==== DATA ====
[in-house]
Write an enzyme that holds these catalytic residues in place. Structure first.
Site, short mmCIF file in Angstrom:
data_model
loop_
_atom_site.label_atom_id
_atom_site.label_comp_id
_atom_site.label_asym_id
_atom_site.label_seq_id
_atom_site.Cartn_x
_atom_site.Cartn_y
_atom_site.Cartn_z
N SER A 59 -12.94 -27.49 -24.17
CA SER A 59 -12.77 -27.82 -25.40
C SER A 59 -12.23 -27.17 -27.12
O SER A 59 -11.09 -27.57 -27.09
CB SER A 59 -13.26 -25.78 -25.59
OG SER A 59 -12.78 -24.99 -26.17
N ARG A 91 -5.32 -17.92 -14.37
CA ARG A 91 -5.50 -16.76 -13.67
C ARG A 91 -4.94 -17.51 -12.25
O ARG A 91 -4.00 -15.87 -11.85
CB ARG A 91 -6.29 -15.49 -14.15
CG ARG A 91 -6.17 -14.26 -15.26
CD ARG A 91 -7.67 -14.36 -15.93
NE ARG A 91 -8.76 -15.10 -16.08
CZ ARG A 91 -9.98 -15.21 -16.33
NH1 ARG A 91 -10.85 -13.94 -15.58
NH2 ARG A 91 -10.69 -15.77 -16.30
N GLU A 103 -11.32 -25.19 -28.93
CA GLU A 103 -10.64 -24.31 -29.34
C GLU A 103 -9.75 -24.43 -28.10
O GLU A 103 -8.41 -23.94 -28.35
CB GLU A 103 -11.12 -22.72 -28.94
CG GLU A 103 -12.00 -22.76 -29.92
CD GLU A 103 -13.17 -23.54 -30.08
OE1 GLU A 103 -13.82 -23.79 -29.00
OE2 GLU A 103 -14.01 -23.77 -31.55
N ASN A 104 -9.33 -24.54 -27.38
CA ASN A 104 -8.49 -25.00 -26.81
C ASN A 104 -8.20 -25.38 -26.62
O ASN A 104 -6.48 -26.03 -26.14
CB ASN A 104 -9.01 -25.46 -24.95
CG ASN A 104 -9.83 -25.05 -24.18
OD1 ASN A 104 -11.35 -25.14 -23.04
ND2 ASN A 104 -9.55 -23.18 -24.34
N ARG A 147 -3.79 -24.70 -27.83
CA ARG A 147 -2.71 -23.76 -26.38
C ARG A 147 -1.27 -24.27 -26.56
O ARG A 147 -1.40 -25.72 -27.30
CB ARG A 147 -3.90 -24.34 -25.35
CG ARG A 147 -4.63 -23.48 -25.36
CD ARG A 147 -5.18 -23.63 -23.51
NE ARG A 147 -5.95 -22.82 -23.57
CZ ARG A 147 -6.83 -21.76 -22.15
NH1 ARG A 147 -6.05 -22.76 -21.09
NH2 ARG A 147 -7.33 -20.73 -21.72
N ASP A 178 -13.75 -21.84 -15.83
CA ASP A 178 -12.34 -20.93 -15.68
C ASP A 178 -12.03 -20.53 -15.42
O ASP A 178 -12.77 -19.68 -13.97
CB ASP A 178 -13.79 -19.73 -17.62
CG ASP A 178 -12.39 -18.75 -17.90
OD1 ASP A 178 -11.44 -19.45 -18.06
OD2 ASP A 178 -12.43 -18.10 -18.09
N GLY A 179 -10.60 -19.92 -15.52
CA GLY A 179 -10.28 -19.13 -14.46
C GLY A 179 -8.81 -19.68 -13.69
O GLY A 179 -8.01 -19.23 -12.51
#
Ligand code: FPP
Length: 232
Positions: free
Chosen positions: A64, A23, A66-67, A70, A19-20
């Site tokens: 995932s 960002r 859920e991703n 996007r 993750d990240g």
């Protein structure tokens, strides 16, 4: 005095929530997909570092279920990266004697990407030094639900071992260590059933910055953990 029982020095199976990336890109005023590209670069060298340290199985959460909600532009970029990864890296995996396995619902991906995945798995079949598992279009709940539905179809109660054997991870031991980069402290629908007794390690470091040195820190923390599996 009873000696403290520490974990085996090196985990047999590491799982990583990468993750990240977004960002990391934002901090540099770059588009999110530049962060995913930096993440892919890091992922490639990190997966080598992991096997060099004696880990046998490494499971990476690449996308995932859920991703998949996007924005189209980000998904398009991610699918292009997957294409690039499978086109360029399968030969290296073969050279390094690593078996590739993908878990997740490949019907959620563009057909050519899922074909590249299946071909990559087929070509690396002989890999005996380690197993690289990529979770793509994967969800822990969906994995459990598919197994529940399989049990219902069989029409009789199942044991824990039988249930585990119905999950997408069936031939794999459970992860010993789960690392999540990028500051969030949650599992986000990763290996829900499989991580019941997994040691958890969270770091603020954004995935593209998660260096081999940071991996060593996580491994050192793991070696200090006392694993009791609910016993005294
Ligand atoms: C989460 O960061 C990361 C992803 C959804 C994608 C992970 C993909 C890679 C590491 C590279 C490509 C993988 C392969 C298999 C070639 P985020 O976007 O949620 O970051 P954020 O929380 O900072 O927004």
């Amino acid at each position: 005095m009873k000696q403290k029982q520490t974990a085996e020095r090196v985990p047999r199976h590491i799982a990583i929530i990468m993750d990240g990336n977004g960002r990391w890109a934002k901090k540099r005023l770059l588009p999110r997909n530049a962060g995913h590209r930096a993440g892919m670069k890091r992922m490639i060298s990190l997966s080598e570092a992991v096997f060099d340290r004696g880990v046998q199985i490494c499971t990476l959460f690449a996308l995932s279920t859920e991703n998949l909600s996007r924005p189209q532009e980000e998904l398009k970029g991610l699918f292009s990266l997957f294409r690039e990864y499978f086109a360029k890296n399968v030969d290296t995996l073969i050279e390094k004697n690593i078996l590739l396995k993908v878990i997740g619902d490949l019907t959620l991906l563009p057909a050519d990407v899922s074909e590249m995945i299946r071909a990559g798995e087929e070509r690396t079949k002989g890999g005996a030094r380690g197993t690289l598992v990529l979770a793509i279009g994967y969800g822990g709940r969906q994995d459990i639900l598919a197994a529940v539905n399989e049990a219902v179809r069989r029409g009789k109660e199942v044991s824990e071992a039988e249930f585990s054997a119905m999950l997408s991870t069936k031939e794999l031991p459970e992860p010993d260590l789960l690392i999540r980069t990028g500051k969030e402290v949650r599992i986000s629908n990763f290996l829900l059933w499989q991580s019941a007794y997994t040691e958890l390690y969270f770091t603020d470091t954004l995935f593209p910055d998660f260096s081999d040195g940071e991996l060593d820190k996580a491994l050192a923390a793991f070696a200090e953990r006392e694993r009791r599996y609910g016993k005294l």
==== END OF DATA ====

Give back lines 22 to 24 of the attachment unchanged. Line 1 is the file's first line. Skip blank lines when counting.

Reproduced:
O ARG A 91 -4.00 -15.87 -11.85
CB ARG A 91 -6.29 -15.49 -14.15
CG ARG A 91 -6.17 -14.26 -15.26